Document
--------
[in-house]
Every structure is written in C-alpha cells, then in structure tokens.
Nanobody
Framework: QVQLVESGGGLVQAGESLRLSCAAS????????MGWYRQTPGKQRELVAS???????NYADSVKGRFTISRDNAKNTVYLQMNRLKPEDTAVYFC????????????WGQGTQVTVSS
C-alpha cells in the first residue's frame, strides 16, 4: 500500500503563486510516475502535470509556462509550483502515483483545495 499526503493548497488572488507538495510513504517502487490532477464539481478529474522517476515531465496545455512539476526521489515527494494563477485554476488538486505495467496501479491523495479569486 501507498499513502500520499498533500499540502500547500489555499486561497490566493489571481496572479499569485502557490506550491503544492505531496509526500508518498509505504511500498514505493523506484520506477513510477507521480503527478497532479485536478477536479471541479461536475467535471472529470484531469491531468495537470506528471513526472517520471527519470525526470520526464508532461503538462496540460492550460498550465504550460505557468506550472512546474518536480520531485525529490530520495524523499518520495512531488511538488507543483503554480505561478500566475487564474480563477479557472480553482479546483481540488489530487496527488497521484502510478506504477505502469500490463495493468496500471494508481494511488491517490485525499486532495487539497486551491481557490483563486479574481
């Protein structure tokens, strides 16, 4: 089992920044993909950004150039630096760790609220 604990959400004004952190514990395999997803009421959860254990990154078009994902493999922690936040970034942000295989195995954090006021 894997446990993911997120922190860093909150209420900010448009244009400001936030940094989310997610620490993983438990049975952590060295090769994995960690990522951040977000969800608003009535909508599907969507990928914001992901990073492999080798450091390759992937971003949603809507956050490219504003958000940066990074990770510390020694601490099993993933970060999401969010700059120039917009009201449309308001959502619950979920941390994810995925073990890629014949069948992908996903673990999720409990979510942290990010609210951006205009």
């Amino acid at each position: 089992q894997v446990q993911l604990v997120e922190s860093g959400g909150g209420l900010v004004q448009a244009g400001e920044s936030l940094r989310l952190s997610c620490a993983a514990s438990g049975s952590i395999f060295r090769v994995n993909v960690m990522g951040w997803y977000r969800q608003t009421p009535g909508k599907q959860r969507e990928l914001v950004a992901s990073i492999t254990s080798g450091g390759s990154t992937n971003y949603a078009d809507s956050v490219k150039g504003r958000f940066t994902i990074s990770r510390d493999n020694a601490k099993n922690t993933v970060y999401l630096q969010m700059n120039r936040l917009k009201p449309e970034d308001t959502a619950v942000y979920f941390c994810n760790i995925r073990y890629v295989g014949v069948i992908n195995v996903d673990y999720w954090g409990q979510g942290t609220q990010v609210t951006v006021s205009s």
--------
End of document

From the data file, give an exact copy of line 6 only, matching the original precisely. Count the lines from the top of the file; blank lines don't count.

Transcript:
């Protein structure tokens, strides 16, 4: 089992920044993909950004150039630096760790609220 604990959400004004952190514990395999997803009421959860254990990154078009994902493999922690936040970034942000295989195995954090006021 894997446990993911997120922190860093909150209420900010448009244009400001936030940094989310997610620490993983438990049975952590060295090769994995960690990522951040977000969800608003009535909508599907969507990928914001992901990073492999080798450091390759992937971003949603809507956050490219504003958000940066990074990770510390020694601490099993993933970060999401969010700059120039917009009201449309308001959502619950979920941390994810995925073990890629014949069948992908996903673990999720409990979510942290990010609210951006205009």